Linked by Thom Holwerda on Tue 27th Mar 2012 22:17 UTC
Hardware, Embedded Systems For years and years now (since the first G4 iBooks), whenever someone asked me for advice about what laptop to buy, my standard answer was simple: get an Apple laptop. Doesn't matter which one. Apple was so far ahead of the competition it just wasn't funny anymore. This past weekend, though, marked the end of an era for me: for the first time, I advised someone to get an Asus ZenBook instead.
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ZenBook is good but ...
by kristoph on Tue 27th Mar 2012 22:53 UTC
kristoph
Member since:
2006-01-01

I've tried the Zenbook and I think it's a very good product but I sort of question why you would choose it over a MacBook air which has a slightly but tangibly higher build quality, it can run a vastly larger range of operating systems more reliably (because, you know, everyone supports Apple hardware nowadays) and when it comes time to upgrade it has a much higher resale value.

Also, and let's be honest about this, when you have a problem with your Apple product you go to the Apple store and they replace it or fix it for you. If you have a problem with a ThinkBook or a Dell there is a great support organization. What do you do with you ZenBook a year down the line?

I guess if you really want to move away from Apple but you want to retain the same design aesthetic the Zenbook is a decent candidate though I think - generally - a ThinkBook would be better for most users.

Edited 2012-03-27 22:55 UTC

Reply Score: 3

RE: ZenBook is good but ...
by Lennie on Wed 28th Mar 2012 00:40 in reply to "ZenBook is good but ..."
Lennie Member since:
2007-09-22

I guess these people should buy the product at a local shop and when it breaks they bring it there.

If you don't choose the wrong shop, you'd be better off than with Dell and so on.

Reply Parent Score: 2

RE: ZenBook is good but ...
by ggiunta on Wed 28th Mar 2012 00:51 in reply to "ZenBook is good but ..."
ggiunta Member since:
2006-01-13

@kristoph : as Thom also said, Bootcamp experience on MacBooks is far from being pleasant (see http://www.osnews.com/comments/25637 for my personal rant). The substitution of BIOS with EFI actually makes those laptops all except friendly to other operating systems.
And no, Apple will not assist you very much with windows 7 problems, and even less with linux...

Edited 2012-03-28 00:52 UTC

Reply Parent Score: 1

RE[2]: ZenBook is good but ...
by AdamW on Wed 28th Mar 2012 06:32 in reply to "RE: ZenBook is good but ..."
AdamW Member since:
2005-07-06

It wouldn't be so bad if Apple's idea of an EFI implementation hadn't been apparently designed by some poor guy who'd been forced at gunpoint to smoke crack continuously for several weeks beforehand.

What I'm trying to say is their EFI implementation is terrible. Got that? Good.

Reply Parent Score: 2

RE[2]: ZenBook is good but ...
by DoctorD on Wed 28th Mar 2012 19:26 in reply to "RE: ZenBook is good but ..."
DoctorD Member since:
2009-03-08

I've used bootcamp for years, literally since the week windows 7 came out. With the exception of a stupid move on my part (attempt to resize a partition with older software, which failed) the experience has been quite a success, and bug-free. One of my most strait-forward, hassle free windows experiences ever. I however have a desktop mac. After reading your post, it seems like the issues you had were primarily laptop oriented (lid, battery, touchpad, etc.).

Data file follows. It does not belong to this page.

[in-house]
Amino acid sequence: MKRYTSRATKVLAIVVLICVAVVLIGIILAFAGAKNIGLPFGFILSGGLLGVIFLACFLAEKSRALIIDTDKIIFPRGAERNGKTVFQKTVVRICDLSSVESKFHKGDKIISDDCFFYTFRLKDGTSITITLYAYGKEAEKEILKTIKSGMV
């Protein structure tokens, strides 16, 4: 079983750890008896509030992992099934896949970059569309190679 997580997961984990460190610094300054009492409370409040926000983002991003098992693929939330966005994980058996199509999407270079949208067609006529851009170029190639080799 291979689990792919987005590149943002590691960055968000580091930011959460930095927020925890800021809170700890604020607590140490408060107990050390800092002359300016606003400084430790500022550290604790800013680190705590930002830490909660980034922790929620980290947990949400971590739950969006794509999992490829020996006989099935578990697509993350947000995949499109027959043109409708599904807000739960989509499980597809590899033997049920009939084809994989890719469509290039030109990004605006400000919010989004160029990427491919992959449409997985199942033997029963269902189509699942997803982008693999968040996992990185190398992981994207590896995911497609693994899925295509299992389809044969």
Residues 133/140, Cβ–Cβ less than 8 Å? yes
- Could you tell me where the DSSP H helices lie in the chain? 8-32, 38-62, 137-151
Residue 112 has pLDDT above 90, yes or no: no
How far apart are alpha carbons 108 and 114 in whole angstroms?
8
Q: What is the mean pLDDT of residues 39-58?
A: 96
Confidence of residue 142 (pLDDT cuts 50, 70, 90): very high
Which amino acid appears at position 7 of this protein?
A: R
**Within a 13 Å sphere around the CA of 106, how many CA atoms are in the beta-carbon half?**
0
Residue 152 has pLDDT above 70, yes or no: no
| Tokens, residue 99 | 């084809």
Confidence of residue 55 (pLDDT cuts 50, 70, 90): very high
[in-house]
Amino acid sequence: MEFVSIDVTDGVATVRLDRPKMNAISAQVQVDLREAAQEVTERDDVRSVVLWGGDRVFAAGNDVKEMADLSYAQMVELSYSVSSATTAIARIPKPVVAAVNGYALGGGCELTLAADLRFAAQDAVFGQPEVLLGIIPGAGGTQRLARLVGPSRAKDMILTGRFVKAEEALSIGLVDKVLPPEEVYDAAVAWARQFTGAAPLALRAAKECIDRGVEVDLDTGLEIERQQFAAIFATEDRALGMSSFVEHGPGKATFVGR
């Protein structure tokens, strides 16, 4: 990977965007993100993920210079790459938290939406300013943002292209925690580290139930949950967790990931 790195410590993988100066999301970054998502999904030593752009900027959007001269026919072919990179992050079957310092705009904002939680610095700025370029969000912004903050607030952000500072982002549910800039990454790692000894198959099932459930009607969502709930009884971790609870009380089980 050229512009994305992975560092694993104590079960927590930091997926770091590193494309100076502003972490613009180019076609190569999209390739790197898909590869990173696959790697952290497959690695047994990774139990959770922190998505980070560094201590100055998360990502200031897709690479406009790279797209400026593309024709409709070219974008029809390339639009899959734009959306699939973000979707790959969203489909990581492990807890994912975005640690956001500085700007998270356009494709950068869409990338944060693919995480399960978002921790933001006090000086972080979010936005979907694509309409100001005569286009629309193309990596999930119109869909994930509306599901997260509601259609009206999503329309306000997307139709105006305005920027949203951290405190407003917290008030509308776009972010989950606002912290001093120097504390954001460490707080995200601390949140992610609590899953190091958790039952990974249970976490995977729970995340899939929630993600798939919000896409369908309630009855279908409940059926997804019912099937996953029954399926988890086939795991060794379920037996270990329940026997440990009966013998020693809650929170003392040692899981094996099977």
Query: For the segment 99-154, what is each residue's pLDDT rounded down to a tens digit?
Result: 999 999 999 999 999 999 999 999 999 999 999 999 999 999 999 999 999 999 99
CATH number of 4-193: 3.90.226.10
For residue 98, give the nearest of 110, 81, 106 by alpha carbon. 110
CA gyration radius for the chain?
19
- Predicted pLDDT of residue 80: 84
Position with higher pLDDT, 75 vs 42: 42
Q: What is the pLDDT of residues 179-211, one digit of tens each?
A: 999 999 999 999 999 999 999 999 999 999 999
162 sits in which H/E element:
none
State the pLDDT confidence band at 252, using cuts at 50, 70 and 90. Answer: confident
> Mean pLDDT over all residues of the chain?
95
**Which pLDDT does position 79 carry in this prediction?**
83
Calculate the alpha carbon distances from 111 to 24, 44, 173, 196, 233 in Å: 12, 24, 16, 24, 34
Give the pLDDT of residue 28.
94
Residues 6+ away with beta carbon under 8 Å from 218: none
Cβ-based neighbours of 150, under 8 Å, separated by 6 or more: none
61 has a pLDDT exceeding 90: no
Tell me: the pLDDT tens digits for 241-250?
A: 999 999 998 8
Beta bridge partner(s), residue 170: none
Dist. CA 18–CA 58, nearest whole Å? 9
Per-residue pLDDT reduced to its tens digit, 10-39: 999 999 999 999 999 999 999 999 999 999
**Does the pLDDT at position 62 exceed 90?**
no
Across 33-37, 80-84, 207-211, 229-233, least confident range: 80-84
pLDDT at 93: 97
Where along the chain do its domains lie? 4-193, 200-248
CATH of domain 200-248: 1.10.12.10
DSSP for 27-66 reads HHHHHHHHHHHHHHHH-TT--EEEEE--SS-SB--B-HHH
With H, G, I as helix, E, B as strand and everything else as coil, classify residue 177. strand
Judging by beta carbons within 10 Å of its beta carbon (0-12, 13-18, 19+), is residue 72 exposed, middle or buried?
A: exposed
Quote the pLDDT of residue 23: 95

Reply Parent Score: 1

RE: ZenBook is good but ...
by AdamW on Wed 28th Mar 2012 06:29 in reply to "ZenBook is good but ..."
AdamW Member since:
2005-07-06

"it can run a vastly larger range of operating systems more reliably (because, you know, everyone supports Apple hardware nowadays)"

erm. Apple's firmware is a hideous nightmare. Just ask Matthew Garrett. If you're a maintainer of an OS that's not OS X or, to a limited extent, Windows, trying to make yourself installable on modern Macs is an exercise in pain. I certainly wouldn't recommend Apples as a good choice of hardware for the OS-agnostic.

Reply Parent Score: 2

Richard Dale Member since:
2005-07-22

"it can run a vastly larger range of operating systems more reliably (because, you know, everyone supports Apple hardware nowadays)"

erm. Apple's firmware is a hideous nightmare. Just ask Matthew Garrett. If you're a maintainer of an OS that's not OS X or, to a limited extent, Windows, trying to make yourself installable on modern Macs is an exercise in pain. I certainly wouldn't recommend Apples as a good choice of hardware for the OS-agnostic.


You don't need to run Linux natively on a MacBook Air. I have an 11 inch Air with a 128 Gb SDD and 4 Gb RAM and I run Kubuntu under VirtualBox in 2Gb of the RAM and OS X Lion in the other 2 Gb. It works great and is like having two machines in one.

If I ran Linux natively then 3D performance would be better and I could use all the RAM, but for my purposes that wouldn't make much difference. I run Windows 7 under VMWare on my iMac and that works great too. For me, the way to go is to use virtual machines for whatever OS you need to run.

I used to dual boot or install Linux natively but I really can't see much advantage anymore, and it is much less flexible. If I fancy trying a new linux distro, or I need a special Linux development environment, I can just install it into a new virtual machine and run that instead of my usual Linux VM.

Reply Parent Score: 2